"There's no prince or princess sitting there acting pretty," he said. When they're not on the track, they entertain themselves by telling nonsensical jokes ("What's one plus one? Fish") and trading building tips with other teams.
Asked if they get nervous before a race, the entire 17-person team shouted, "No!" They pointed over at their driver, Michael Tlo, 17, who sat in the car looking calm and composed, wearing mirrored sunglasses and a large fisherman's hat. He was so relaxed, in fact, that he proved to be asleep. His teammates gently prodded him awake as they rolled towards the starting line.
Nearby, the crew from Stony Point High School, out of Round Rock, were worried about just two things, according to their unofficial spokesman: "crashing and holding the pee in." Bathroom breaks eat away at precious driving time.
"I had an issue earlier," said another one of the team members darkly, without elaboration.
But heat was the biggest worry of all. "They told us the track is at like 150 degrees," added another Stony Pointer. At that temperature, tire blowouts can be a real threat, as well as heat exhaustion.
All the team captains test their drivers intermittently to make sure their brains aren't scrambling from the heat, said Preston Collins, 18, of the Liberty Christian team, one of the three Dallas-area schools competing.
"We ask him questions," Collins explained -- apart from the Houston Lady Racers, high-school level solar car racing could fairly be called a male-dominated sport. "His name, his favorite colors, if he likes girls or not."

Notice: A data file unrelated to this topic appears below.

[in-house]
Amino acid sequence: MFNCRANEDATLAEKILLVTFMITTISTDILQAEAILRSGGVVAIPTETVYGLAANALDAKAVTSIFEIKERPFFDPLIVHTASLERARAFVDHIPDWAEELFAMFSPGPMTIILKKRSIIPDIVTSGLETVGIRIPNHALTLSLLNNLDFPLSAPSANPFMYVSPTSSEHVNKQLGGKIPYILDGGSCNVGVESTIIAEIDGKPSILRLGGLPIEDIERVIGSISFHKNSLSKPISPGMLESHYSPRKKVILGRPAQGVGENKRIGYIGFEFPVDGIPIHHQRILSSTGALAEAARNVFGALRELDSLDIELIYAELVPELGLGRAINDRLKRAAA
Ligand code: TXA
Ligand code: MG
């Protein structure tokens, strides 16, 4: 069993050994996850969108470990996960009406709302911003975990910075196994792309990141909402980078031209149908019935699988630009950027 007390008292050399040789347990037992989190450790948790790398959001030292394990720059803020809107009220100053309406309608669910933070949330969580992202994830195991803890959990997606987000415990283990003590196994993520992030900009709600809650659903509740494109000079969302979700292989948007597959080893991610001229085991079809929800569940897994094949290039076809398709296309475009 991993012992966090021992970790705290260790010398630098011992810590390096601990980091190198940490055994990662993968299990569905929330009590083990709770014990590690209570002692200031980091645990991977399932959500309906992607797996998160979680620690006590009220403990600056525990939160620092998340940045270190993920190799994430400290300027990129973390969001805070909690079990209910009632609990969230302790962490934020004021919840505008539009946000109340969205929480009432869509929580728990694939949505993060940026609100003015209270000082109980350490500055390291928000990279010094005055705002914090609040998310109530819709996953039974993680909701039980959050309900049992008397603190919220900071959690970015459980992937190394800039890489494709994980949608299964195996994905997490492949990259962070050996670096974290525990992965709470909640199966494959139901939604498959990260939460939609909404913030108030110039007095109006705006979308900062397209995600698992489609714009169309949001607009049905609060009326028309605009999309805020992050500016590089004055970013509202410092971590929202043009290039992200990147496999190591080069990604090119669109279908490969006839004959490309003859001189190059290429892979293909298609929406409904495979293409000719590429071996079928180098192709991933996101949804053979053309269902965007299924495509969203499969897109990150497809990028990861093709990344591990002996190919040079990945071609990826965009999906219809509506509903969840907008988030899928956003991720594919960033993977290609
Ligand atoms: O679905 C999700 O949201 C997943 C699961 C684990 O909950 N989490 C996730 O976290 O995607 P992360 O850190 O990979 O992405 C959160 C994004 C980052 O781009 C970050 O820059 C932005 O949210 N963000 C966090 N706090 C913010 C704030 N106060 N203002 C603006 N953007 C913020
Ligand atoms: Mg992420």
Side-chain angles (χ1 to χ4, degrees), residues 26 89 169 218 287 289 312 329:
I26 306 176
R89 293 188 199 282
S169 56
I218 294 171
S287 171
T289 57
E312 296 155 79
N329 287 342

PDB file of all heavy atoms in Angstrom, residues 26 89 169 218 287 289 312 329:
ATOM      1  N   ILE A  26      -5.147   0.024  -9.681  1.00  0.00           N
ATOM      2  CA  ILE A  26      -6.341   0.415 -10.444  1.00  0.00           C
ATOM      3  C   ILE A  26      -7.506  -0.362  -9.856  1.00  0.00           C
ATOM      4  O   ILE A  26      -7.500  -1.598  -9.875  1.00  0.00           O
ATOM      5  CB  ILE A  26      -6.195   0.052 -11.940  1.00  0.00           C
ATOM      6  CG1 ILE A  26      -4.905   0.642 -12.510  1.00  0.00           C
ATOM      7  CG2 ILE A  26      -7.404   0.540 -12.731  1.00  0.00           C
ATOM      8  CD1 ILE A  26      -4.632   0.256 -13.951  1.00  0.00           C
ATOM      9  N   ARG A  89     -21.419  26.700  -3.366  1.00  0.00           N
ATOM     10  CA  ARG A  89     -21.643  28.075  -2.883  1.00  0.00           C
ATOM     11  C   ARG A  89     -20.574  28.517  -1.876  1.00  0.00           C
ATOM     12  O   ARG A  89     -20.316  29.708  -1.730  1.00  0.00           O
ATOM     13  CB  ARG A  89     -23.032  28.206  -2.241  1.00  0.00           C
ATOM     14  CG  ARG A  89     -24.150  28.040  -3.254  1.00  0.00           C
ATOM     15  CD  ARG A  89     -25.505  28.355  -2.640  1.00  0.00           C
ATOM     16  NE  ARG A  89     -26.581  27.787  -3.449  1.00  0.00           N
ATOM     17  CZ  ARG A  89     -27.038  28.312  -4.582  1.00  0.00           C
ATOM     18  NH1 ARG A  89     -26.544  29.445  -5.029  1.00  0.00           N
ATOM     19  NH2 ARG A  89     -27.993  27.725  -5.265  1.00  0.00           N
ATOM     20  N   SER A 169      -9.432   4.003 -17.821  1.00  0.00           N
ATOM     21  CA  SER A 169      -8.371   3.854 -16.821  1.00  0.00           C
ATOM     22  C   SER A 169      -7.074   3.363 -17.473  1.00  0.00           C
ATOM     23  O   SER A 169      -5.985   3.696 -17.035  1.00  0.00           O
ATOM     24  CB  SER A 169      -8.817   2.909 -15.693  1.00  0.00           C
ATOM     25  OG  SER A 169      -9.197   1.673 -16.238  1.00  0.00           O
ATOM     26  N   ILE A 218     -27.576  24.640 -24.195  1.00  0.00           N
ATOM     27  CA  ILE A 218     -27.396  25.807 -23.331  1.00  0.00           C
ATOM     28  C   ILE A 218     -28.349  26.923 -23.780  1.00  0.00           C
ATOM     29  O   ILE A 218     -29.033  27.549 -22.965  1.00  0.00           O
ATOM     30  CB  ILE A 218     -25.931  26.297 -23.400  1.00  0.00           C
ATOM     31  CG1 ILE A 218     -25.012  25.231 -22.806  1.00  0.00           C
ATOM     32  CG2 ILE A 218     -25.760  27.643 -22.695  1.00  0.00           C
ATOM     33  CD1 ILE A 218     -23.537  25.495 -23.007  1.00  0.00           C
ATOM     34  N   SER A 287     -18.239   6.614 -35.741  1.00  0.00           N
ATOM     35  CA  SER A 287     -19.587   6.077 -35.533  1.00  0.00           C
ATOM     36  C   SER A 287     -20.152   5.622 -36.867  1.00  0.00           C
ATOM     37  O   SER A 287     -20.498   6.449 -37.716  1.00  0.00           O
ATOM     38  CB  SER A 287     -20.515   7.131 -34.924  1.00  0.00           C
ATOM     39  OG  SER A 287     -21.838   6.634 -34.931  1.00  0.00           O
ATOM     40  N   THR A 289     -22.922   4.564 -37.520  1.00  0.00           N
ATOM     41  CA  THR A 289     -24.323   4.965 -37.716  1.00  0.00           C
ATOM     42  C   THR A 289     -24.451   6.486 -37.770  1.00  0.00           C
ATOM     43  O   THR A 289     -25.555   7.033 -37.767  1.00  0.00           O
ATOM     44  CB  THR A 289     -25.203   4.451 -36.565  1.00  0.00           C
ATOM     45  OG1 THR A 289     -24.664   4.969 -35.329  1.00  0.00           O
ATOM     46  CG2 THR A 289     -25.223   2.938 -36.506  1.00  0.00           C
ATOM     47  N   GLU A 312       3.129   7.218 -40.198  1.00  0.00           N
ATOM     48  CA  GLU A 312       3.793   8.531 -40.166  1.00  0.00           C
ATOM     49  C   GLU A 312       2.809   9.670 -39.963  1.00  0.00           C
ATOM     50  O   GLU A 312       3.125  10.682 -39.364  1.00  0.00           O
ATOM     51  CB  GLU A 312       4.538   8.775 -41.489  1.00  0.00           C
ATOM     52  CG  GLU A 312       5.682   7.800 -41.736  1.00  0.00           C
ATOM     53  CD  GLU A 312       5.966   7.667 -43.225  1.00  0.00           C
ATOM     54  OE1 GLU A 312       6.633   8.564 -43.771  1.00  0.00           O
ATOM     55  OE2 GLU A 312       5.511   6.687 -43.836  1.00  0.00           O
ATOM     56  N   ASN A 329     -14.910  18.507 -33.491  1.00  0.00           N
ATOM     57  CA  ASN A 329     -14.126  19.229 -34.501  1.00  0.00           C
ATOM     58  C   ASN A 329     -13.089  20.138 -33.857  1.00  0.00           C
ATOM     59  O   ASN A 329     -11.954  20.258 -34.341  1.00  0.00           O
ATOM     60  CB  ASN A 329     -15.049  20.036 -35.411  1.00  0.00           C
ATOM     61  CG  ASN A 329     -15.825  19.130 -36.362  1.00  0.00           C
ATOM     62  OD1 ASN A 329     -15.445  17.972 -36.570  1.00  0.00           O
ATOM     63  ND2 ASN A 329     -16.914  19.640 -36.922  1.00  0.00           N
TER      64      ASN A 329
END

"If he doesn't respond," he continued, "Or if he responds out of character," they know something's wrong.
Liberty Christian already faced a minor setback in training last week, as they were doing laps around the neighborhood. Their motor caught on fire, and all four batteries exploded spectacularly. "I touched a positive to a negative putting the motor in," team member Cameron Balkey said sheepishly. They replaced it, a cost of $1,000 out of team budget, and the car was looking strong.
"We're gonna have our swag on all four days," said Collins confidently. He looked over a blond woman hurrying towards the tent. "Hey, Mom," he said.
"Will somebody calculate how fast he's going?" interrupted a sweaty father irritably, one of the team's adult sponsors. Down the line of tents, every other team was calculating speed as well, tracking laps, eying the tires.
"Don't go across that white line," muttered a man urgently into a walkie-talkie, sitting beneath a rainbow-colored umbrella. About 40 people sat in the stands watching the cars circle, occasionally walking across the black asphalt to stand in front of huge Port-A-Cool fans blowing damp, sneaker-smelling cold air. Even the grass in the center of the raceway radiated warmth.